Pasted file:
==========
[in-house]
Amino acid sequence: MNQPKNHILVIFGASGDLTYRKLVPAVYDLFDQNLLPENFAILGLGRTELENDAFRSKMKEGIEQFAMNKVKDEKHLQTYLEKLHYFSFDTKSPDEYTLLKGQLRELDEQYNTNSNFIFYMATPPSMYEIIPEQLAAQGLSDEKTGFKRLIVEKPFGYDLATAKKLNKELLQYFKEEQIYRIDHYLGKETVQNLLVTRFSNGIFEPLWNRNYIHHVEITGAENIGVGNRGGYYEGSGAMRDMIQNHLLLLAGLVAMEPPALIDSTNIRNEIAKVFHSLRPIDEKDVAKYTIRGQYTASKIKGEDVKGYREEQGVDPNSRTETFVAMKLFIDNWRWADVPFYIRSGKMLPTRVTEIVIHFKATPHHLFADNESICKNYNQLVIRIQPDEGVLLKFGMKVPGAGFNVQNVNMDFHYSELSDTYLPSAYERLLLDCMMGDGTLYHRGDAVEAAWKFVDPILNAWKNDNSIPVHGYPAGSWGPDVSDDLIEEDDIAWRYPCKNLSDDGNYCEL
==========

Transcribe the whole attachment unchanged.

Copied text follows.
[in-house]
Amino acid sequence: MNQPKNHILVIFGASGDLTYRKLVPAVYDLFDQNLLPENFAILGLGRTELENDAFRSKMKEGIEQFAMNKVKDEKHLQTYLEKLHYFSFDTKSPDEYTLLKGQLRELDEQYNTNSNFIFYMATPPSMYEIIPEQLAAQGLSDEKTGFKRLIVEKPFGYDLATAKKLNKELLQYFKEEQIYRIDHYLGKETVQNLLVTRFSNGIFEPLWNRNYIHHVEITGAENIGVGNRGGYYEGSGAMRDMIQNHLLLLAGLVAMEPPALIDSTNIRNEIAKVFHSLRPIDEKDVAKYTIRGQYTASKIKGEDVKGYREEQGVDPNSRTETFVAMKLFIDNWRWADVPFYIRSGKMLPTRVTEIVIHFKATPHHLFADNESICKNYNQLVIRIQPDEGVLLKFGMKVPGAGFNVQNVNMDFHYSELSDTYLPSAYERLLLDCMMGDGTLYHRGDAVEAAWKFVDPILNAWKNDNSIPVHGYPAGSWGPDVSDDLIEEDDIAWRYPCKNLSDDGNYCEL